MEPS 276:147-159 (2004)  -  doi:10.3354/meps276147

Invasion of the eastern Bay of Biscay by the nassariid gastropod Cyclope neritea: origin and effects on resident fauna

Guy Bachelet1,*, Benoît Simon-Bouhet2,3, Céline Desclaux1, Pascale Garcia-Meunier2, Guillaume Mairesse1, Xavier de Montaudouin1, Hélène Raigné1, Karine Randriambao1, Pierre-Guy Sauriau4, Frédérique Viard3

1Laboratoire d¹Océanographie Biologique, UMR 5805 CNRS-Université Bordeaux 1, Station Marine d¹Arcachon, 2 rue du Professeur Jolyet, 33120 Arcachon, France
2Laboratoire de Biologie et Environnement Marins, EA 3168, Université de La Rochelle, 17000 La Rochelle, France
3Evolution et Génétique des Populations Marines, UMR 7127 CNRS, Station Biologique de Roscoff, BP 74, 29682 Roscoff cedex, France
4Centre de Recherche sur les Ecosystèmes Marins et Aquacoles, UMR 10 CNRS-IFREMER, Place du Séminaire, BP 5, 17137 L¹Houmeau, France

Abstract: The distribution area of the nassariid gastropod Cyclope neritea (L.) includes the Mediterranean and the Black Sea, as well as the Atlantic coasts of the southern Iberian Peninsula. The species has spread north to the eastern Bay of Biscay (Arcachon Bay in 1976, Marennes-Oléron area and Morbihan Gulf in 1983-84). This spread might be explained either by (1) a natural spread favoured by environmental changes (e.g. an increase of temperature) or (2) a sudden range expansion due to the introduction of individuals from distant native populations. Molecular genetic analyses based on mitochondrial markers suggest that the present C. neritea population in Arcachon Bay has been introduced, probably unintentionally with oyster transfers, from several source populations, genetically similar to the populations analysed in this study, i.e. those in the western Mediterranean and in south Portugal. Within its new distribution area, C. neritea could potentially compete with the autochthonous nassariid Nassarius reticulatus, both species being scavengers. Although C. neritea tends to occur mainly in relatively clean sands in the intertidal and N. reticulatus in subtidal, organic rich sediments, the habitats of both species partially overlap. Laboratory experiments showed that in still water conditions C. neritea was more active and reached carrion faster than N. reticulatus, thereby having a competitive advantage over the latter; flow conditions ( ~1 cm s-1) appeared to stimulate the activity of N. reticulatus. Analysis of parasite load in both species in Arcachon Bay indicated that N. reticulatus was more heavily parasitized by digenean trematodes than C. neritea. This suggests that the spread and population dynamics of C. neritea along the French Atlantic coast has been favoured by the lack of parasites. Altogether, recurrent introduction, competitive ability and lack of heavy parasitic load might explain the successful settlement of C. neritea along the French Atlantic coast.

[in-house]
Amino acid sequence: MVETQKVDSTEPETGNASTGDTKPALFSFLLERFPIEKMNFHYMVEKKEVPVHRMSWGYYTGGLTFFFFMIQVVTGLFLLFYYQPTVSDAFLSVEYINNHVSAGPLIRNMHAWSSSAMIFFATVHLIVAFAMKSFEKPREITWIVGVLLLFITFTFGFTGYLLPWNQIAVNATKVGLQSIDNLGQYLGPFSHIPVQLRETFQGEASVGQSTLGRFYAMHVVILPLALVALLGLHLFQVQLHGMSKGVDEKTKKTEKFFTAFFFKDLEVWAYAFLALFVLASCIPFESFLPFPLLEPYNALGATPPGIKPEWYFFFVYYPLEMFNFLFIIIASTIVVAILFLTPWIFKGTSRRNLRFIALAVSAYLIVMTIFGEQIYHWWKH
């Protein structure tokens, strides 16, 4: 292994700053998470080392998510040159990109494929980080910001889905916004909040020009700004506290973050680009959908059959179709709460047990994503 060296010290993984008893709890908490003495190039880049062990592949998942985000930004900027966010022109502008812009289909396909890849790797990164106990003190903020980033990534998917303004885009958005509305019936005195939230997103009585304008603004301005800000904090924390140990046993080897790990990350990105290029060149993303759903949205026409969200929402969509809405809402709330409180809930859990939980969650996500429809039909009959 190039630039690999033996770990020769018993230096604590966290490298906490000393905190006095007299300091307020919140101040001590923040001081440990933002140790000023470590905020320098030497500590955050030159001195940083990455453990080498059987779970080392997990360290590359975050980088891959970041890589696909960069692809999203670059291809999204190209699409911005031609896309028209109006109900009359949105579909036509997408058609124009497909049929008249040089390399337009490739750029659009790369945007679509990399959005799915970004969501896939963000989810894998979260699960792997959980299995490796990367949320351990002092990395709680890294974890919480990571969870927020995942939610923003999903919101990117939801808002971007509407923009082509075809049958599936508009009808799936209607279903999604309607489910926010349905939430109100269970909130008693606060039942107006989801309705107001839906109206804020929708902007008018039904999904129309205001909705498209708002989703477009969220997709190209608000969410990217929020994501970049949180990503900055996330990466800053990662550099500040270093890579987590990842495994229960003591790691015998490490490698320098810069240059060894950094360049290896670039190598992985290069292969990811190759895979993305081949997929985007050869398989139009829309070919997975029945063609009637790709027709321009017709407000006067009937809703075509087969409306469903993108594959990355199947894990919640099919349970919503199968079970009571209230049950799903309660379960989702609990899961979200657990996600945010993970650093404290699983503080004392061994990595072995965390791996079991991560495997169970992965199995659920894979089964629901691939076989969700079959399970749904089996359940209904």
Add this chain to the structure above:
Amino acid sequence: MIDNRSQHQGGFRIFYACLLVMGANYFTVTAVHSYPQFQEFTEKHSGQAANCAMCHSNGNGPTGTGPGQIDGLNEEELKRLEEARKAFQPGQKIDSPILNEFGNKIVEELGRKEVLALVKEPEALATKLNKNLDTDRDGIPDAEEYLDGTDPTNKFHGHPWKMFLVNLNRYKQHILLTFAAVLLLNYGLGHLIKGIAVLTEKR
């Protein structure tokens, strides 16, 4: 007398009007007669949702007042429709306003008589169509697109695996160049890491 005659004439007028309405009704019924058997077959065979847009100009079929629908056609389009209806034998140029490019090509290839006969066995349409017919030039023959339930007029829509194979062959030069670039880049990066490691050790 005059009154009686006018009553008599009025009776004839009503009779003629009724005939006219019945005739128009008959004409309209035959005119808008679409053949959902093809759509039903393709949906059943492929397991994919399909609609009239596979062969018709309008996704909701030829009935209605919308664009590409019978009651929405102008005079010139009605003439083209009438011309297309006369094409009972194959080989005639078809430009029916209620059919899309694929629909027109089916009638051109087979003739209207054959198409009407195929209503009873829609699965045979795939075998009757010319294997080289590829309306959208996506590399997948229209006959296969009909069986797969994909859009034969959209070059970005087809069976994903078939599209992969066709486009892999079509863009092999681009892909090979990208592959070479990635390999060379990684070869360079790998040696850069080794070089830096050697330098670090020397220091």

KEY WORDS: Introduced species · Scavenging gastropods · Population genetics · Interspecific competition · Behaviour · Parasites

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